State Your Case: Why Cookie Gilchrist is worthy of HOF consideration

Rick Gosselin

They call it the Pro Football Hall of Fame.

But it’s not. It’s the NFL Hall of Fame.

For Canton to be the Pro Football Hall of Fame, all forms of gridiron achievement would need to be recognized. Miller Farr’s six interceptions in the World Football League would count toward his Hall-of-Fame candidacy. Herschel Walker’s 5,562 rushing yards in the USFL would count toward his candidacy. Doug Flutie’s 41,355 passing yards in the CFL would count toward his candidacy.

But they do not.

If the Pro Football Hall of Fame was indeed all inclusive, Cookie Gilchrist would already have a bust in Canton. Gilchrist played the first six seasons of his professional career in Canada and his final six seasons in the AFL.

How talented was Cookie? Hall-of-Fame coach Paul Brown of the Cleveland Browns tried to sign him in 1954 when he was still in high school. But the NFL overruled the contract, so Gilchrist moved north to play his football in Canada. Three years later, the Browns drafted Jim Brown, who is considered the greatest player in NFL history.

“I told Jim Brown to his face that if I had stayed with the Browns,” Gilchrist once said, “nobody would have heard of him.”

Gilchrist made the All-CFL team in each of his first five seasons as a professional. He rushed for a team-leading 958 yards and seven touchdowns for the Grey Cup champion Hamilton Tiger-Cats in 1957 and also intercepted three passes as a linebacker on defense, returning two of them for scores.

In 1958, after his trade to Saskatchewan, Gilchrist finished as the CFL rushing runnerup with 1,254 yards. In 1959, after his trade to Toronto, he added the placekicking chores to his workload. Gilchrist scored 73 points that season on five touchdowns, nine field goals and 16 conversion kicks – and also intercepted a career-best four passes that season. All this in a three-down league, not like the four-down game played in the NFL.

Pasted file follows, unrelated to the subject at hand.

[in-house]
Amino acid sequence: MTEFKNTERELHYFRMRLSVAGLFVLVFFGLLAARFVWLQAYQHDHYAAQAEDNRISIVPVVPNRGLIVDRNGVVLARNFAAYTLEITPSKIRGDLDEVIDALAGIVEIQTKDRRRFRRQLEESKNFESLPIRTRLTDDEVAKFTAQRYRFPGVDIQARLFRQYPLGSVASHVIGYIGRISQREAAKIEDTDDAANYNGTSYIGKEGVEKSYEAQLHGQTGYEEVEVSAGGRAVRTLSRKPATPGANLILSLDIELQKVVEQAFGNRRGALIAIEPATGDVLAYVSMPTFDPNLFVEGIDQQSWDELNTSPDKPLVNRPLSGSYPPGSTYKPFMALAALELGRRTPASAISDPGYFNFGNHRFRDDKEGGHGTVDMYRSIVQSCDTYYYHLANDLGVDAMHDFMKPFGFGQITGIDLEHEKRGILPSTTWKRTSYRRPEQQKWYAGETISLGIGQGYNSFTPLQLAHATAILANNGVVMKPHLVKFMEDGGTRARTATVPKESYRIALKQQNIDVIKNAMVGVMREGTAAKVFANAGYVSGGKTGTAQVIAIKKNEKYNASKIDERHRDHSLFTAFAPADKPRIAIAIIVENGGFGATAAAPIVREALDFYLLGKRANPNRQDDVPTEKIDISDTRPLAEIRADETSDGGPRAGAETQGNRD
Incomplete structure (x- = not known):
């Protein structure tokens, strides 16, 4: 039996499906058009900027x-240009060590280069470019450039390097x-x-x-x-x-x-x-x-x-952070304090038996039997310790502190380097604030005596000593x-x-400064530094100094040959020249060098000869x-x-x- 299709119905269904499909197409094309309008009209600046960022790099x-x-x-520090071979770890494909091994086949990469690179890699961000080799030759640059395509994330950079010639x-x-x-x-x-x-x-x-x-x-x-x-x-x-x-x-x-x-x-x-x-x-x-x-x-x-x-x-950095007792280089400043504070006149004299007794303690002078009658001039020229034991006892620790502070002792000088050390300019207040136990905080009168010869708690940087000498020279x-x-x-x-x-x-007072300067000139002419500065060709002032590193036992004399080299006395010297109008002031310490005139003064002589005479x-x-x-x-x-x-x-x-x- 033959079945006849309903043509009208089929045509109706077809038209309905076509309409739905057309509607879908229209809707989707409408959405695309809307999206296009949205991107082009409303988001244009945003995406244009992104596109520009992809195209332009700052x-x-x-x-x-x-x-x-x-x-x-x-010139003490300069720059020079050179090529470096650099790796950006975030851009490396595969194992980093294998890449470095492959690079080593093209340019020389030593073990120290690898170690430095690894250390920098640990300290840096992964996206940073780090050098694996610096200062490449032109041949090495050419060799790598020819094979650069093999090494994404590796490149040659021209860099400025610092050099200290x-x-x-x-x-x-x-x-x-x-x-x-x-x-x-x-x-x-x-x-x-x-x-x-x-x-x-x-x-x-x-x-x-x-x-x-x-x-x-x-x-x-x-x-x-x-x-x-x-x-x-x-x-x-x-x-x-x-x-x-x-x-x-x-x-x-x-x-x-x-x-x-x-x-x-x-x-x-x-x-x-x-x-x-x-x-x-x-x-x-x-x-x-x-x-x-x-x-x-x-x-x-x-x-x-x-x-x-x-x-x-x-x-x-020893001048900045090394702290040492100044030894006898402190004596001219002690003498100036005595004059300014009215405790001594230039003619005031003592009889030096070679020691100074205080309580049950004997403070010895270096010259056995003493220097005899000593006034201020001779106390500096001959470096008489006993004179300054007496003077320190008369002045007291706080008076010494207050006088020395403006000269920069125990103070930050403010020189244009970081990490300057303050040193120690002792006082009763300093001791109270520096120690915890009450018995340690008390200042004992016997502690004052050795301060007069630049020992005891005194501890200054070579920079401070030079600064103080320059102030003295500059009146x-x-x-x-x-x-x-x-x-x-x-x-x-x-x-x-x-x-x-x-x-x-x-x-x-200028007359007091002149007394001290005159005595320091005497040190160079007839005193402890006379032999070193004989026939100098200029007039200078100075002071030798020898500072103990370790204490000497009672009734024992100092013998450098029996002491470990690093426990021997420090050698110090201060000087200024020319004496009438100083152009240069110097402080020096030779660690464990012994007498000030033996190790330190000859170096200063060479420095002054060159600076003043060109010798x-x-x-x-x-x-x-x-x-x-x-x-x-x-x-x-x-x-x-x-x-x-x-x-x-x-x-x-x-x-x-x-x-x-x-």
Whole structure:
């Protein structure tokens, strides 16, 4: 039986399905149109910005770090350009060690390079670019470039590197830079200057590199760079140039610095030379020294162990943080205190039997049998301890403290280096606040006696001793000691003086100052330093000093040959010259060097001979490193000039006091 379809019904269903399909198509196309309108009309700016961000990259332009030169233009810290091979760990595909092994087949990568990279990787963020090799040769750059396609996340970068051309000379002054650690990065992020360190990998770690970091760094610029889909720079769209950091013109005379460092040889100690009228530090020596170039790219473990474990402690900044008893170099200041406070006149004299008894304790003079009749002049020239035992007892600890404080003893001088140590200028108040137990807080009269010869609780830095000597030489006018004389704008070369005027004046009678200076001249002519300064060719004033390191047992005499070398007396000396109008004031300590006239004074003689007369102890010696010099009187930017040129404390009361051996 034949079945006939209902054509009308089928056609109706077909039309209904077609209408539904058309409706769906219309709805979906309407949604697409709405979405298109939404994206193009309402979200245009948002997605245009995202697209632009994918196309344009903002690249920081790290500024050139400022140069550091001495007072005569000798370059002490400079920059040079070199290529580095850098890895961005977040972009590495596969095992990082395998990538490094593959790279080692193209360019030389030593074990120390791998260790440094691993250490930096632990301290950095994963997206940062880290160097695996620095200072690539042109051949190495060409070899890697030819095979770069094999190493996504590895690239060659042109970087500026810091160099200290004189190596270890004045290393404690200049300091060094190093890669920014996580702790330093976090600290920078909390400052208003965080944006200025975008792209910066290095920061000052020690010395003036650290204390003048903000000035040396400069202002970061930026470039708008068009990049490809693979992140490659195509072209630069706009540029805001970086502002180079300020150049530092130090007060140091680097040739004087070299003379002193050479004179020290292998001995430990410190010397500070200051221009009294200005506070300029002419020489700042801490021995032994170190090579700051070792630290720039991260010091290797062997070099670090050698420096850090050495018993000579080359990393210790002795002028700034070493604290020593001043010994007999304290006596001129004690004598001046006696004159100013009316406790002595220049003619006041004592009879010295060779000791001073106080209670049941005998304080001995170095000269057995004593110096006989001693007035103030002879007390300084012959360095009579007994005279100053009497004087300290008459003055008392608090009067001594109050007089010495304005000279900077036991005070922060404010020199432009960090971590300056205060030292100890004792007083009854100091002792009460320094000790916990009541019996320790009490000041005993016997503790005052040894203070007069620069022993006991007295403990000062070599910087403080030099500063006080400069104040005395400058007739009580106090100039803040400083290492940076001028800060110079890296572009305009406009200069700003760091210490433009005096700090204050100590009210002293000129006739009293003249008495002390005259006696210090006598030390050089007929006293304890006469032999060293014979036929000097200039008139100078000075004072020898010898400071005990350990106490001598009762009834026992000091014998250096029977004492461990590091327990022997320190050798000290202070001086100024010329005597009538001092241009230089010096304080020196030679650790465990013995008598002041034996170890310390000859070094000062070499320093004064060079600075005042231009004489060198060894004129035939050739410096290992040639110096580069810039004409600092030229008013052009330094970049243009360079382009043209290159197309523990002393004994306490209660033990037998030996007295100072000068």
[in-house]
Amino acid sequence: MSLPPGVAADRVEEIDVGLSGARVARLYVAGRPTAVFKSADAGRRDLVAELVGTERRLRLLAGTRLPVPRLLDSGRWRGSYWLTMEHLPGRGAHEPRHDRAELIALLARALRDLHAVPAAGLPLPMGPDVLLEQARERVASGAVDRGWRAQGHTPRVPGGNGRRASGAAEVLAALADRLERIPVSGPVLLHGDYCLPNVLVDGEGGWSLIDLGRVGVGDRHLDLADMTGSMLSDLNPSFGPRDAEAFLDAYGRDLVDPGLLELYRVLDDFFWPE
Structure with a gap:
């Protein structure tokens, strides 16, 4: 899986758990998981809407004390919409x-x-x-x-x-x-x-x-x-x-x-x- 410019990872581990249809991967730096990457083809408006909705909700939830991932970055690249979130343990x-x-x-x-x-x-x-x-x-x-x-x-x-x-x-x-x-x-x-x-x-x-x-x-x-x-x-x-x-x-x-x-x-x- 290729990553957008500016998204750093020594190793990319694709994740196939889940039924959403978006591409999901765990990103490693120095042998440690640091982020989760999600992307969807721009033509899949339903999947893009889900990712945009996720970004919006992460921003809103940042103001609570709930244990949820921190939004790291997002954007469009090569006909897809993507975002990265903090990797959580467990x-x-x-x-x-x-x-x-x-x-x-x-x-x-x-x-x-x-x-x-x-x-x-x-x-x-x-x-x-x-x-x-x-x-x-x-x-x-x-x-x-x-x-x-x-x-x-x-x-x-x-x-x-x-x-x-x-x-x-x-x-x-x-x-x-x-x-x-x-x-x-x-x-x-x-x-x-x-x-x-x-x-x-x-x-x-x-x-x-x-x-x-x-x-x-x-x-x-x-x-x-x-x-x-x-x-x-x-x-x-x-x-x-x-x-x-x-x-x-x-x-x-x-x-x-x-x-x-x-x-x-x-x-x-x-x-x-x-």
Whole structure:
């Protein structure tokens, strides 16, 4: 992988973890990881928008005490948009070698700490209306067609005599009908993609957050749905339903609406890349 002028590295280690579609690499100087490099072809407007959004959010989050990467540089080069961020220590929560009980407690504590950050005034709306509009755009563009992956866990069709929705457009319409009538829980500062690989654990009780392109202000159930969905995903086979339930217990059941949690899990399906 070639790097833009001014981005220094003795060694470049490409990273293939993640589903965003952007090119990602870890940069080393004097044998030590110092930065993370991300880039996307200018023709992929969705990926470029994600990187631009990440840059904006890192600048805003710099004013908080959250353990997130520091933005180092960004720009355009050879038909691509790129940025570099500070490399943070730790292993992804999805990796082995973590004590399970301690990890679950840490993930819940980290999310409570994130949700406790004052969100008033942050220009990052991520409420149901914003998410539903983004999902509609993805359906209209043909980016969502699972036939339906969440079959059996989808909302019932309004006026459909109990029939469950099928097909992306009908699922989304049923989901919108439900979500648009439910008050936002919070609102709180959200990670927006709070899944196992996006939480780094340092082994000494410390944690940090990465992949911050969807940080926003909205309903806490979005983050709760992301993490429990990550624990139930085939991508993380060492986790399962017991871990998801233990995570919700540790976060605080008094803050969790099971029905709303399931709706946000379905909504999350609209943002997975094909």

In 1960, Gilchrist scored 100 points on seven touchdowns, five field goals and 43 conversions. He also caught a career-high 25 passes and finished as the runnerup for CFL MVP. He made the All-CFL team that season on both sides of the ball, at fullback on offense and linebacker on defense.

Gilchrist moved back south of the border to the Buffalo Bills in 1962. He promptly became the first AFL player ever to rush for 1,000 yards in a season, leading the league with his 1,096 yards, averaging a Jim Brown-like 5.1 yards per carry. He scored 13 touchdowns on the ground and two more through the air. That earned Gilchrist AFL MVP honors and the first of his four consecutive AFL All-Star Game invites.

Gilchrist rushed for a league-leading 14 touchdowns in 1963, then led the AFL in rushing again with 981 yards in 1964. He capped his season with a 122-yard rushing effort in a 20-7 victory over San Diego that gave the Bills their first AFL championship.

But his journeys continued. The Bills traded Gilchrist to the Broncos in 1965, then he moved on to the first-year Miami Dolphins in 1966, then back to the Broncos in 1967.

Gilchrist was a civil rights advocate 50 years before Colin Kaepernick. He led a boycott at the 1965 AFL All-Star Game, forcing the contest to be moved from New Orleans to Houston because New Orleans wanted to segregate the black players from the white ones in hotels. Gilchrist also was voted to the CFL Hall of Fame but turned down the honor, citing “racism and exploitation by management.”

On the field, Gilchrist was a freak of nature – a 6-1, 251-pound package of power and speed who was bigger than the defensive linemen and linebackers of his day. He set a pro football record with 243 yards rushing in a game against the New York Jets in 1963 – a record that stood for eight years before Willie Ellison of the Rams rushed for 247 yards in a 1971 NFL game against the New Orleans Saints. Gilchrist was voted to the all-time All-AFL team.

In his 12 year career over two leagues and six cities, Gilchrist rushed for 9,204 yards, caught 196 passes and scored 76 touchdowns. He also kicked 19 field goals and intercepted 12 passes.

Gilchrist passed away in 2011 at the age of 75. The Bills will enshrine him posthumously into their Wall of Honor on Oct. 29 during halftime ceremonies of a game against the Oakland Raiders. His talent and career are both worthy of a look from Canton.

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